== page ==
Christian Yelich is the best Miami Marlins player you’ve never heard of, largely because he’s not flashy (and he doesn’t do PEDs — we hope). Casual observers will tell you that what makes a great baseball player is someone who can hit long dingers and get a crapload of RBIs. And that may be true to some degree. But what really makes a great ballplayer is a guy who knows how to take pitches, is patient, can wear out the opposing pitcher, draws walks, and hits it anywhere in the field where it’s safe. And Yelich is arguably one of the best in the majors at all of these things. Baseball is a game of stats, and the stat gurus will tell you that the most valuable hitters on your team are the guys who can get on base, no matter how they do it. Yelich is a wizard at fouling off bad pitches and a warlock at drawing walks. This season alone, he was leading all of baseball in on-base percentage and driving pitchers batty with his uncanny ability to know their strike zones and hit safely. Best of all, he now has Barry Bonds — perhaps the most cerebral hitter of all time — as his hitting coach. Yelich may not be the sexiest player on the Marlins, but he’s the most effective. Someone’s gotta get on base when Giancarlo takes those monster swings.

Readers' choice: Giancarlo Stanton

There's only one team that would use a top-ten pick on a guy who didn't become a quarterback until college: the Miami Dolphins. That being said, the aqua-and-orange are also the same organization that selected a player with the ability to make that same wide-receiver-turned-signal-caller look much more competent. When Jarvis Landry was chosen in the second round of the 2014 NFL Draft, the expectations for the LSU product were substantial — but not many anticipated him to turn into the stud he's become. In only his second year, Landry made the Pro Bowl after a season in which he caught 110 passes for 1,157 yards. His touchdown total stood at a paltry four, but that was mainly because the Dolphins offense was a pathetic, shambling corpse that ranked 27th in points and 26th overall in yards. His QB, Ryan Tannehill, threw for just over 4,200 yards. Mathematically speaking, all by his lonesome, Landry was responsible for one-fourth of his quarterback's passes. Operating out of the slot and pulling double-duty on special teams as the Dolphins' number-one guy to return kickoffs and returns, Landry, who shared co-MVP honors last season with safety Reshad Jones, is a gutsy and invaluable player. His numbers over the past two years have been second to only one man, his former teammate at LSU, some dude named Odell Beckham Jr.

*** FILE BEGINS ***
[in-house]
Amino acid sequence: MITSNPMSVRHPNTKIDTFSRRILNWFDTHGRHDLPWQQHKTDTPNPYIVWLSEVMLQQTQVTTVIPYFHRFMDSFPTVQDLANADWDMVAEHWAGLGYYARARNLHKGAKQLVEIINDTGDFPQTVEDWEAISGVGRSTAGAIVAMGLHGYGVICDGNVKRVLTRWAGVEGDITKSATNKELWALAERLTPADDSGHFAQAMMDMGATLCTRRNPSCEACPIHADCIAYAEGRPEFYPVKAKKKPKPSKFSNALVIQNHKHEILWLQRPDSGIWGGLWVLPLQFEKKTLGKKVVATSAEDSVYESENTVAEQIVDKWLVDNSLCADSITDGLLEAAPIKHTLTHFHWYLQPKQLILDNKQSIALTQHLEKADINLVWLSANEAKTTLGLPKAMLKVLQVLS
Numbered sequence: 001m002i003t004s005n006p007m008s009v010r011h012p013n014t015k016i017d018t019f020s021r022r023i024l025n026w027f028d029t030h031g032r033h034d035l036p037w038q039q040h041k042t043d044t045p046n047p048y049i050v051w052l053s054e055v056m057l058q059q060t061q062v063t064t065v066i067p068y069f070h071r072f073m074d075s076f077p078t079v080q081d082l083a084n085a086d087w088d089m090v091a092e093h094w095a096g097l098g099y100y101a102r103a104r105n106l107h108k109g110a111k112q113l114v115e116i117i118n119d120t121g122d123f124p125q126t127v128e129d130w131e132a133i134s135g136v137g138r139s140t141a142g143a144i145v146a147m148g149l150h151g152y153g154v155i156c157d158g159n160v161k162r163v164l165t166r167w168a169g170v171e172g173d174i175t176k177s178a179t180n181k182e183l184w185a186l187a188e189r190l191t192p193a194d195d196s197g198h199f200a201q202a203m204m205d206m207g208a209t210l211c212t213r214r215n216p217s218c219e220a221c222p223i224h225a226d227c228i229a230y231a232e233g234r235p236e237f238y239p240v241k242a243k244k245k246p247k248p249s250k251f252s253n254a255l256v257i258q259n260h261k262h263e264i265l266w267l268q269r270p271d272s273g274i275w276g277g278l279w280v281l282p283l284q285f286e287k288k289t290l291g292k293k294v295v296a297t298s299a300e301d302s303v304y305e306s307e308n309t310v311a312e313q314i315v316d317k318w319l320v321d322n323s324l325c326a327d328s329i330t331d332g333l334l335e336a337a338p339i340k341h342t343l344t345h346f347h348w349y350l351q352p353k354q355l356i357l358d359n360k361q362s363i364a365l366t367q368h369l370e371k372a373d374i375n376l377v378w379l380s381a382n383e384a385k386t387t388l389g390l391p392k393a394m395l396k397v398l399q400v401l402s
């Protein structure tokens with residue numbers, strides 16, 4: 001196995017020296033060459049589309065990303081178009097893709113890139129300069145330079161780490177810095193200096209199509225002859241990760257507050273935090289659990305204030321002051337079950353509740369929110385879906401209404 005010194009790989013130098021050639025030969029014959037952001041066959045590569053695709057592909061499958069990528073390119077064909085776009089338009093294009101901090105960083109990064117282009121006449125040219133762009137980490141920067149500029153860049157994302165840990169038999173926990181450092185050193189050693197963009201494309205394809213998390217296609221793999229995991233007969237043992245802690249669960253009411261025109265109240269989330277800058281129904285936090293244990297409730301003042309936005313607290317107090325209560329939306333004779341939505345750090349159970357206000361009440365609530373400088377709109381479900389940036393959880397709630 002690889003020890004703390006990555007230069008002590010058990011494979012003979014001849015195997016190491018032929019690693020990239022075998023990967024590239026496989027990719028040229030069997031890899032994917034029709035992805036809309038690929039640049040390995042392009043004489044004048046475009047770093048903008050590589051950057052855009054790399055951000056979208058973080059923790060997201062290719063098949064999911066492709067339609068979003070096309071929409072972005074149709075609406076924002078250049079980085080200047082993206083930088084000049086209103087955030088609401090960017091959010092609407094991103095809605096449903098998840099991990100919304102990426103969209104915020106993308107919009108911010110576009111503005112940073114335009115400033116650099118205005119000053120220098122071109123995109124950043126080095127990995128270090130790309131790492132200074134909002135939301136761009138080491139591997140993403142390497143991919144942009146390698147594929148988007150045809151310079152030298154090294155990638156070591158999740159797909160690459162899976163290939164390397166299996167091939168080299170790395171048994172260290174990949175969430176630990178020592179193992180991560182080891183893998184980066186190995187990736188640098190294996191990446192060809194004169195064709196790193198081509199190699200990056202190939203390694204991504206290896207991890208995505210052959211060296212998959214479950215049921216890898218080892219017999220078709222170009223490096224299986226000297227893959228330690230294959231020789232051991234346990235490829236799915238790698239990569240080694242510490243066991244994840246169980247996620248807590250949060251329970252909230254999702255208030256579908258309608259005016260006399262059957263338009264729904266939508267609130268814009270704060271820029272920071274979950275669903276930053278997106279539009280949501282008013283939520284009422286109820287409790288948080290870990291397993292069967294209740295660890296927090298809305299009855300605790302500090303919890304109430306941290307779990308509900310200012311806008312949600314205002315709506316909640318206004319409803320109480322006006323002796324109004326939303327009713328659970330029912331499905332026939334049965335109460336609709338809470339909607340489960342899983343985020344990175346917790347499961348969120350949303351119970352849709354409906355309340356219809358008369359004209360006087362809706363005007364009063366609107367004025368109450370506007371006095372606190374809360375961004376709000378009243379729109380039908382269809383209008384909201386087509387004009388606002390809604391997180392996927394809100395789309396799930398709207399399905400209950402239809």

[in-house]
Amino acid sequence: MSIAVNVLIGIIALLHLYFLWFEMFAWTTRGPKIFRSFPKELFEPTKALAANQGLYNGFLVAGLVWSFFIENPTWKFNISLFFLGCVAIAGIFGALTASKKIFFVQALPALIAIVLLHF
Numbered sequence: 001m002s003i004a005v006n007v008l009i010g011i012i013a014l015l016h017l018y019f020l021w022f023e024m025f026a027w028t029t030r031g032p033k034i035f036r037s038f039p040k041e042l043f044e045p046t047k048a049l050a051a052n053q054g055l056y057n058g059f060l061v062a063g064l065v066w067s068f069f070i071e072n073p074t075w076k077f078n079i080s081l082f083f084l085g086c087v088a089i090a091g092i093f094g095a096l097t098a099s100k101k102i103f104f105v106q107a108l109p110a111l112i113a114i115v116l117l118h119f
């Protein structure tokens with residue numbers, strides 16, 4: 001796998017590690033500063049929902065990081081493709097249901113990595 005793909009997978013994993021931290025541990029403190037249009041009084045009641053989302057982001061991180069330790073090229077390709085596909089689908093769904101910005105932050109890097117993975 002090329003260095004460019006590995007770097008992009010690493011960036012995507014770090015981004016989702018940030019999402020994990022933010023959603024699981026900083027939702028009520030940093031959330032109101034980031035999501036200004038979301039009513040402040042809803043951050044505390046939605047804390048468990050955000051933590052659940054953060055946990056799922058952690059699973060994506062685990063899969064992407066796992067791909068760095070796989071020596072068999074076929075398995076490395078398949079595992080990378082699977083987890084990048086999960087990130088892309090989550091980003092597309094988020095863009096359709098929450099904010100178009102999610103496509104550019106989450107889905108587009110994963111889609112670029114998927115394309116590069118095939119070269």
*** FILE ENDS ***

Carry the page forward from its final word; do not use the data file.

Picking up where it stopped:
Readers' choice: Jarvis Landry

The big stories this season for the Miami Heat focused on many of the newer names adorning the roster sheets. Star center Hassan Whiteside is finally getting out of his own way to become a legit all-around player. The late-February signing of veteran All-Star swingman Joe Johnson has paid massive dividends. And the emergence of rookies Josh Richardson and Justise Winslow in the absence of Chris Bosh is a testament to the management of one the league's most consistent franchises. However, it was the return to form by the Heat's greatest all-time player that quietly became the warm center that this team huddled beside for comfort and reassurance. For the first time in more than four years, 34-year-old Dwyane Wade was healthy enough to play the majority of an entire season. Through a combo of cleverness and patience, Wade and the Heat staff managed his various rehabs, his minutes, and his approach to the game to ensure he was on the floor when they needed him most. Flash isn't as quick as he used to be, but this past season, he not only provided the leadership he always has but he also delivered the sort of signature performances we haven't seen since his prime, when he carried the weight of Miami's championship hopes on his battered legs. It was a banner year that saw both his knees and the future of the team in better shape than expected.

Readers' choice: Dwyane Wade

South Florida is full of people with gobs of disposable income. Hang outside any steakhouse, and you'll see them in action: tanned, leathery men rolling around in convertible Bentleys, clouds of Davidoff Cool Water and cigar smoke following in their wake as they bounce from one champagne-soaked party to another. Though the wealthiest Floridians often act like they can get whatever they want — including their own tax laws or zoning ordinances — occasionally, things do get in their way. But Fort Lauderdale's Millionaire's Concierge exists to make sure that rarely happens. Need a Lamborghini or 60-foot yacht for the day? Easy. Got a zillion bucks and want to be unnecessarily placed in a film? No problem. Want to spend a leisurely Saturday inside a fighter jet? They've got entire party packages for that. As the founder, Doug Turner, claims on his website, "Your only limitation is your imagination!" Ditto the size of your wallet.

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